Mary Abbott All Green Abstract Expressionism

Women of Abstract Expressionism Artist Mary Abbott

Nature was Mary Abbot’s greatest companion, inspiration, and passion throughout her entire life. As a child she spent vast amounts of time outdoors, submerging herself in the natural world. She considered studying biology but didn’t want to go to college. Painting provided her the perfect opportunity to study and experience nature. Her work inspired by the jungles of the Caribbean is more about her experience of the jungle rather than any depiction of it.

Raised in Southampton, she came from a family of strong women and historical lineage (she is a descendent of the second president of the United States John Adams). She traveled in her youth with her grandmother and her aunt Mary Ogden Abbott, an artist in her own right. Her natural beauty led to a successful coming out as a debutante and modeling for several magazines but she challenged the gender norm by pursuing painting as her main career.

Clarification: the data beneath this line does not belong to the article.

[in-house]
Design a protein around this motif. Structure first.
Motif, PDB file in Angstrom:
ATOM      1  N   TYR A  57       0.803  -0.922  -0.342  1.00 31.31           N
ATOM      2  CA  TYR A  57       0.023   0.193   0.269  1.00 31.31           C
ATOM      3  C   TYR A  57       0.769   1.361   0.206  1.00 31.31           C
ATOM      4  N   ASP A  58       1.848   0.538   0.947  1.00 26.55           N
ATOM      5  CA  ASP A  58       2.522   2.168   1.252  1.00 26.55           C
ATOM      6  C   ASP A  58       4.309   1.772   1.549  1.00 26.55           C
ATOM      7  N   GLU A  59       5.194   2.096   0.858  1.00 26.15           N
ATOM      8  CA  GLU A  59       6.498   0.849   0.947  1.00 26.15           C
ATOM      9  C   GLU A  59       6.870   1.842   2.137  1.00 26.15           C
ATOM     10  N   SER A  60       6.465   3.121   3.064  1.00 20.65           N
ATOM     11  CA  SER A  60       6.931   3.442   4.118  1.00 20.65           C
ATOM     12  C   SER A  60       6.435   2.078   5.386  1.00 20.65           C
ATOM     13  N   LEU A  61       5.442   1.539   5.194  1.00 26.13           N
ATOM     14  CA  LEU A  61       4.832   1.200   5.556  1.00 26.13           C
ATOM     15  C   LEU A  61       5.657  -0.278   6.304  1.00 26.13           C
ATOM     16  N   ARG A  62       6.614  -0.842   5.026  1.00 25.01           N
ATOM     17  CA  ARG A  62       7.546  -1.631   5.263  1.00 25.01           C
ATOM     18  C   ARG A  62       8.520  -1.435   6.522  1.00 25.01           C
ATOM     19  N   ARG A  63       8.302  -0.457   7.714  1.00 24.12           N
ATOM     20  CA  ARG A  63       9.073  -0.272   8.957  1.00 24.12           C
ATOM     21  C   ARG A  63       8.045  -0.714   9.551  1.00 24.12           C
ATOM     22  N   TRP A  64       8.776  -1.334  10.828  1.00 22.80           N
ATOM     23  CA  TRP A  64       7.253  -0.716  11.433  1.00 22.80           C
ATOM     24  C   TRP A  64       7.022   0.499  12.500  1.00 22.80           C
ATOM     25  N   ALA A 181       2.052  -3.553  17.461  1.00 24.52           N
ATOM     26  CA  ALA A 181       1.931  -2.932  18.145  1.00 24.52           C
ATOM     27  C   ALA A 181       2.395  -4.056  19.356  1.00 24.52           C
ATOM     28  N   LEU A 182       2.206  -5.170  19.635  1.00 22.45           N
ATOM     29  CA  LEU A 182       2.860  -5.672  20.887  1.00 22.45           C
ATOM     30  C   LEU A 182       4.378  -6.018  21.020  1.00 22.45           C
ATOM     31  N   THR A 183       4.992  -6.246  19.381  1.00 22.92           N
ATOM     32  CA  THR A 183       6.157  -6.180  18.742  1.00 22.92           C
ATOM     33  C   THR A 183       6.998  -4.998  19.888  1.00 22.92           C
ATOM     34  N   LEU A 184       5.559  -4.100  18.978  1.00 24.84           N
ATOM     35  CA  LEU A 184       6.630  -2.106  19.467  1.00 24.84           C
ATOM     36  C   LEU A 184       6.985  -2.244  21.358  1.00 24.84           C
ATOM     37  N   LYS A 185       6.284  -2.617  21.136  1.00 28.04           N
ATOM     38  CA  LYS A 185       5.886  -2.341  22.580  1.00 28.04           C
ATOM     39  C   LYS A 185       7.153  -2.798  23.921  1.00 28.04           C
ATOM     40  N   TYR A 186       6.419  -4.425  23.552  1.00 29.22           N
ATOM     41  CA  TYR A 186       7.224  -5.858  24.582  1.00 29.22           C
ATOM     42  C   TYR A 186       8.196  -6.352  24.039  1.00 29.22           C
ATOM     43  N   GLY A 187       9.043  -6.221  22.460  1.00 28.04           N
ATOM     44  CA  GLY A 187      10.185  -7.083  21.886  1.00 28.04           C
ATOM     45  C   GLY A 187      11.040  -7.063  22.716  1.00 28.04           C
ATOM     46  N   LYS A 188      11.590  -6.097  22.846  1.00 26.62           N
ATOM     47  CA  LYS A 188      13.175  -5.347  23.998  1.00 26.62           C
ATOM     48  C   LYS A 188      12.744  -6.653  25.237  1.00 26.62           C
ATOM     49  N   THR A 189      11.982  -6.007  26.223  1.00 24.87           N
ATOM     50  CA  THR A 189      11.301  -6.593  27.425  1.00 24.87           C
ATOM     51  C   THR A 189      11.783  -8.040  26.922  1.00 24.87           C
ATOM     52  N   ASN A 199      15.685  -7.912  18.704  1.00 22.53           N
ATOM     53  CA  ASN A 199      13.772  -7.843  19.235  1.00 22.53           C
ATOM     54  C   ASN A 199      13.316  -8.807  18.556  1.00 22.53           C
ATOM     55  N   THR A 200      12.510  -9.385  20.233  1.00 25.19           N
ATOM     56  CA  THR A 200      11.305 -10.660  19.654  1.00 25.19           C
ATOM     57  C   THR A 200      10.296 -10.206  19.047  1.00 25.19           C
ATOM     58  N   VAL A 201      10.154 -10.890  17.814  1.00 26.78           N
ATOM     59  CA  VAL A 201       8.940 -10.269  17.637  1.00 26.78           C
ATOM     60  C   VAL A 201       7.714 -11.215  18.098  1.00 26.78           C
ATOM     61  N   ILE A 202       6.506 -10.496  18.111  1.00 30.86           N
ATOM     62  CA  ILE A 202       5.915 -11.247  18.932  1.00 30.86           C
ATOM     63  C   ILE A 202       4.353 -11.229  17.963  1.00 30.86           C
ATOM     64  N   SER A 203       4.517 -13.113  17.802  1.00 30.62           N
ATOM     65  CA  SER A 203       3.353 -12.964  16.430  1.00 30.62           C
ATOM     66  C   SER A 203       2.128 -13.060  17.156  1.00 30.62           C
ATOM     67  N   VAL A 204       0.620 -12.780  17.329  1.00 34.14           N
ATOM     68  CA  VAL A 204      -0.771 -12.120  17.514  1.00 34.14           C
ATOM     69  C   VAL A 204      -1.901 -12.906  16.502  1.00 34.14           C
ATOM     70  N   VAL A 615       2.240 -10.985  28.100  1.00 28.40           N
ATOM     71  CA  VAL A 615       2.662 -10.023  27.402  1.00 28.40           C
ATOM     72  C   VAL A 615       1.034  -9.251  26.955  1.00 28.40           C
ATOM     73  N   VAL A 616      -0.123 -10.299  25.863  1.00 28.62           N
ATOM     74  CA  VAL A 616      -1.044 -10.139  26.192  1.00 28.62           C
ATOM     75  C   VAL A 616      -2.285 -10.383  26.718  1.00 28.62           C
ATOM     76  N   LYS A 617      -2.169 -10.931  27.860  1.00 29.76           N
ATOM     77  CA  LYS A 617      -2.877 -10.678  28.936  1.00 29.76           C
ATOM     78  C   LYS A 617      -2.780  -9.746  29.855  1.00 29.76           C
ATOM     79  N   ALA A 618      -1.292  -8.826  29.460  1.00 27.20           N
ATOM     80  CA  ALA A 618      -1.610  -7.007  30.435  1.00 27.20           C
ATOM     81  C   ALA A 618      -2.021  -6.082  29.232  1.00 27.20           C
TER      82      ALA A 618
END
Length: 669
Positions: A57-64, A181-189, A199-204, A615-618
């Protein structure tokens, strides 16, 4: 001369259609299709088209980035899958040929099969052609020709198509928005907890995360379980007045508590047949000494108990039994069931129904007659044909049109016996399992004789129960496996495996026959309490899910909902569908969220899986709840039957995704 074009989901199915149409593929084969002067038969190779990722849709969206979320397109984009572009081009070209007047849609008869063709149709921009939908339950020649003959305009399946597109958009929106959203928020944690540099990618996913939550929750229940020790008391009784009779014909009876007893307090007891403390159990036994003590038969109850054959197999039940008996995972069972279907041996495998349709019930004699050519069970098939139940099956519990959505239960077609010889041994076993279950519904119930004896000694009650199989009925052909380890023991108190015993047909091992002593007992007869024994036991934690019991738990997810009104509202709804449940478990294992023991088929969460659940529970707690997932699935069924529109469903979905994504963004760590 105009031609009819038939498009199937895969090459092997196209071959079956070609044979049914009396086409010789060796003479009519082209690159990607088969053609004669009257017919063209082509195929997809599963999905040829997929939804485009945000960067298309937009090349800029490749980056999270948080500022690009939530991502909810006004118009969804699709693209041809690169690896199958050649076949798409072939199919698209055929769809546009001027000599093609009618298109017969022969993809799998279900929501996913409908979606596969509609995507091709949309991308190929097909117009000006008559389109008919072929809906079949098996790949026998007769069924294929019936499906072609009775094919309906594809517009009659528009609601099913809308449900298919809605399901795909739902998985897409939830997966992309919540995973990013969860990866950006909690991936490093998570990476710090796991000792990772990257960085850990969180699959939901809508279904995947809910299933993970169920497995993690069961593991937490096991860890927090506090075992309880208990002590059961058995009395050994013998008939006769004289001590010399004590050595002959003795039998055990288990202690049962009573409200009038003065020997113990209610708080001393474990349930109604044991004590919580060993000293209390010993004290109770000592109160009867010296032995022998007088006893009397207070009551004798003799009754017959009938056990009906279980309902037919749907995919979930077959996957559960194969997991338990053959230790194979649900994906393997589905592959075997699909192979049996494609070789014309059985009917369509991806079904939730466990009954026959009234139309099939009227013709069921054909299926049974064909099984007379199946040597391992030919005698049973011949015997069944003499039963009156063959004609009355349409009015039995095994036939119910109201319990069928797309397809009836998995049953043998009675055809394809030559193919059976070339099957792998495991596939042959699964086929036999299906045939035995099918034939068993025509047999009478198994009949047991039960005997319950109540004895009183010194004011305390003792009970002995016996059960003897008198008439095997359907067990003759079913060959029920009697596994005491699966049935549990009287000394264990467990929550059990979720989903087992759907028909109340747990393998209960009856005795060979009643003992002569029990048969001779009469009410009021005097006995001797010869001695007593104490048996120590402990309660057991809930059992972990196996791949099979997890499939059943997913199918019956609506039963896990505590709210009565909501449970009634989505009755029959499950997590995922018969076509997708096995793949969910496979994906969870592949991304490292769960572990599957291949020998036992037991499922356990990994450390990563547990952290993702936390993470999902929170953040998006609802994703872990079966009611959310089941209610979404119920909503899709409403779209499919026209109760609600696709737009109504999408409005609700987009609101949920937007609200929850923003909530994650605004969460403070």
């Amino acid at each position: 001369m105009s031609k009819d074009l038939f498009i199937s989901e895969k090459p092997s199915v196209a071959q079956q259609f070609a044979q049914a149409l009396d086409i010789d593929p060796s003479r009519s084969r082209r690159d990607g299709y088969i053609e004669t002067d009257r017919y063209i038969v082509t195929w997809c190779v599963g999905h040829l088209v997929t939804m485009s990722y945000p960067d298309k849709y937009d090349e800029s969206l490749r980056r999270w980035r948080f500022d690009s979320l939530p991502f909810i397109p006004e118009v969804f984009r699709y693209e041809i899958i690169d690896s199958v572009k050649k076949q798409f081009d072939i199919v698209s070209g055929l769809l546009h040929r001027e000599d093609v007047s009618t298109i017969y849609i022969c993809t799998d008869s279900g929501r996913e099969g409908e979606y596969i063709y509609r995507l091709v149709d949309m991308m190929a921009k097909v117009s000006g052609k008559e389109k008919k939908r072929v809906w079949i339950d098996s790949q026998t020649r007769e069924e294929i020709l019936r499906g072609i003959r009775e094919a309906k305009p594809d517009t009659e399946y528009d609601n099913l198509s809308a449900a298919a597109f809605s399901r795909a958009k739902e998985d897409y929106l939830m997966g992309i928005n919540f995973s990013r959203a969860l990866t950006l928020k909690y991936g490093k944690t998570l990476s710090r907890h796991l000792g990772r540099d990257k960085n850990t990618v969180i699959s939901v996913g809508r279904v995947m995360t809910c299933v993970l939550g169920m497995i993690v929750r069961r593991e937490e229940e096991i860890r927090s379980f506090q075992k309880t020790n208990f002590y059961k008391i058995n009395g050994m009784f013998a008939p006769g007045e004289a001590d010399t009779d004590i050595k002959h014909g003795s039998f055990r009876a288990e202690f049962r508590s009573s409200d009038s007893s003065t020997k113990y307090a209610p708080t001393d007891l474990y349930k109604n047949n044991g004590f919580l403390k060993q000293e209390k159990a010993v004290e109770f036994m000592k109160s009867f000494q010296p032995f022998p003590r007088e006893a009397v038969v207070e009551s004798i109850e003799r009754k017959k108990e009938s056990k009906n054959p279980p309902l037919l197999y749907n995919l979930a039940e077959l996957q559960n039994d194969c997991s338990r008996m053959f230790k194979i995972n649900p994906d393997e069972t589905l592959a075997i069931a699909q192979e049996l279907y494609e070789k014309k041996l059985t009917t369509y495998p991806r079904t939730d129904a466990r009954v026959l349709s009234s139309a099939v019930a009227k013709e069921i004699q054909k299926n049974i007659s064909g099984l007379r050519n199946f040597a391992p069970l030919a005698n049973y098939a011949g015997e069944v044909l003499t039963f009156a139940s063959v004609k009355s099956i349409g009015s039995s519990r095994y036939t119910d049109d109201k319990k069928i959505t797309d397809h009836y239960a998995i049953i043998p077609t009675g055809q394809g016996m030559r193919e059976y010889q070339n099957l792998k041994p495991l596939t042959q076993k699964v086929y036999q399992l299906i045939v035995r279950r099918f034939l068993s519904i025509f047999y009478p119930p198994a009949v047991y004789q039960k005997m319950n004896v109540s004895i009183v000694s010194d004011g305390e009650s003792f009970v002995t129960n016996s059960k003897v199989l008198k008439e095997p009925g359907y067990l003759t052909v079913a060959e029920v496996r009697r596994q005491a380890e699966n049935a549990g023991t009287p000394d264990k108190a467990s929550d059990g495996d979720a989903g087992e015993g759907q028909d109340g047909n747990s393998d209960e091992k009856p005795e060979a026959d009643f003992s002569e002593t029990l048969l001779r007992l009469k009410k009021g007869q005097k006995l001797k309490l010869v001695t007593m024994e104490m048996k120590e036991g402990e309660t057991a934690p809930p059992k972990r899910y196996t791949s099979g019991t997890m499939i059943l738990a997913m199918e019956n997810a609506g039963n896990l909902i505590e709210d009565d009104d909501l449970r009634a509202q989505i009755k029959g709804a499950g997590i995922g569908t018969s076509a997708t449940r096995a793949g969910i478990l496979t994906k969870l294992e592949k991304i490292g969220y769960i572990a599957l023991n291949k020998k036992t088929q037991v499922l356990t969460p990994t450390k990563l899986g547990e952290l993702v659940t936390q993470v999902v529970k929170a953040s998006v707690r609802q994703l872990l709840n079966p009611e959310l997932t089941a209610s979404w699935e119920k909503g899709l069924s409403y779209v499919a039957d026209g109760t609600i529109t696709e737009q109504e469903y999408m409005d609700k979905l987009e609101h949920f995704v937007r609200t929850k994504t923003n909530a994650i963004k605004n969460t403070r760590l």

Her first marriage was to Lewis R. Tague who was also a painter. They worked alongside each other, exploring cubism before their separation and divorce three years later. Then she moved to New York City and found her own artistic voice, working alongside David Hare and Mark Rothko who taught her at the experimental school The Subjects of the Artist.

It was with her second husband, Tom Clyde that she had the opportunity to explore the tropics. The pair wintered in the Caribbean because of Clyde’s health and Mary’s love of travel and nature. She adored the jungles and culture of Haiti and the Virgin Islands and spent time in the jungles, markets, and abandoned plantations in search of inspiration for her work.

Still living in Southampton, Mary continues to paint and pull inspiration from the natural world.

Learn more in the video below:

Women of Abstract Expressionism

This is a trailer for the film Women of Abstract Expressionism and exhibition of the same name that will be at the Denver Art Museum June 12-September 25, 2016. Features interviews with artists Judith Godwin, Mary Abbott, and Sonia Gechtoff. The film, produced in association with the exhibition Women of Abstract Expressionism, is generously supported by Barbara Bridges and DAM Contemporaries, a support group of the Denver Art Museum.